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Malcolm McLaren exhibition: Let It Rock x Let’s Rock x Little Richard = Vive Le Rock!

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//Malcolm McLaren in front of display of Belgian 50s rock n roll movie posters inside Let It Rock, 430 King’s Road,  January 1972. Note Vive le Rock! poster top left. Photo: David Parkinson//

//Taken by John E. Reed in 1956 to promote teen-movie Don’t Knock The Rock, the photo was reissued by London Records to mark the release of the four-track EP Little Richard And His Band//


//Front cover, You Can’t Keep A Good Man Down, Little Richard, Union Pacific, 1972. Designer: Unknown//


//As shown on this repro, McLaren’s design for the Little Richard shirt sold at the London Rock N Roll Festival held at Wembley Stadium in August 1972//

Yet another example of Malcolm McLaren’s astounding design talent is examined across a number of exhibits at the Let It Rock show, which opens at Copenhagen’s Bella Center on Sunday (August 3).

In 1972 McLaren expanded his investigations into 50s pop design culture by producing a series of t-shirt designs celebrating the great American rock & roll stars performing on the bill of the one-day festival at London’s Wembley Stadium that August.

McLaren continued to followed the path dictated by his formidable art education by creating new artworks out of the juxtaposition of found objects. A 1956 promotional photograph of Little Richard provided the main image for the shirt dedicated to The Georgia Peach.

In 1972 it also appeared on the cover of the UK compilation You Can’t Keep A Good Man Down; that year also witnessed a revival of interest in the pompadoured Richard Penniman after Let It Rock customer Charles (now Lord) Saatchi featured a Little Richard song in a 50s-styled TV advert for Libro jeans.


//The title lettering on the poster was isolated//


//Reed’s image was flipped vertically//

McLaren flipped the image, reversed it out and positioned the exuberant figure with the joyous title lettering from a  rock & roll movie poster he stocked in Let It Rock. Vive Le Rock! was, in fact, the French title of the 1958 US production Let’s Rock, so tied indirectly with the name McLaren had chosen for his own venture. In Britain the film was marketed under the tamer Keep It Cool.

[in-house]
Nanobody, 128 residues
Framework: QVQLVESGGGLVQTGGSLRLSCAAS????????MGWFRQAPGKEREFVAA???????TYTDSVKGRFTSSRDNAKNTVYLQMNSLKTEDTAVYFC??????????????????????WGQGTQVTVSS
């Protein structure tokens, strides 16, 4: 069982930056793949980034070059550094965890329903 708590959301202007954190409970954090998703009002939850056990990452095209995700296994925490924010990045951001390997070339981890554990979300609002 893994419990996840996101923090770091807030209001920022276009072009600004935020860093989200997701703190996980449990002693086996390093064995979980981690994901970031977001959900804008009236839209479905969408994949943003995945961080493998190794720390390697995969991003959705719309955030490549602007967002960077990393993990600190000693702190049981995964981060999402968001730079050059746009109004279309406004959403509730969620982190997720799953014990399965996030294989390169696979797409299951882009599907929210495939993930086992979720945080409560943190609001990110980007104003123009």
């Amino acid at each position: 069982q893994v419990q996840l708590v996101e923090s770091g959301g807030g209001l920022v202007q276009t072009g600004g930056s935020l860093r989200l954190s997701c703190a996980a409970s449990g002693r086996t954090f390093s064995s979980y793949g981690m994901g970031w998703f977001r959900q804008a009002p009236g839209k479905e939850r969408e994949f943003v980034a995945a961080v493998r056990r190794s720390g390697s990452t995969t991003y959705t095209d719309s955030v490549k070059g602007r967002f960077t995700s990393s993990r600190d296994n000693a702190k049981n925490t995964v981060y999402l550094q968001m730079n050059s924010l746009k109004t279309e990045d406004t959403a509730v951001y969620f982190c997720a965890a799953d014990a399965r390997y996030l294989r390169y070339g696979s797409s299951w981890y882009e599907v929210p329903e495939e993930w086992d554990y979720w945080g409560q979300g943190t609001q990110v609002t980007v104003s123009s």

//Poster for the American release of the movie, 1958//


//McLaren later incorporated the Vive Le Rock! elements into a fresh composite for sale in 430 King’s Road when it was Seditionaries in 1979. This also featured Situationist slogans, a quote from the early 20th century Spanish anarcho-syndicalist Buenaventura Durruti and “recipes” from William Powell’s The Anarchist’s Cookbook, first published in 1971//

The Copenhagen show features a Let It Rock installation complete with a series of large prints of previously unseen photographs taken by David Parkinson inside 430 King’s Road in January 1972. Included is a full version of the image at the top of this post, as well as a Vive le Rock! shirt and the Little Richard LP cover.

Let It Rock: The Look Of Music The Sound Of Fashion is at the Crystal Hall in Copenhagen’s Bella Center from August 3-6.

Read more here.

*This post was revised and updated to reflect fresh information on the source of the image on March 11, 2017*

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Author: / Published: Jul 30th, 2014 / Category: 1950s, 1970s, 2010s, 430 King's Road, David Parkinson, Exhibitions, Fashion, King's Road, Malcolm McLaren / Comments: None

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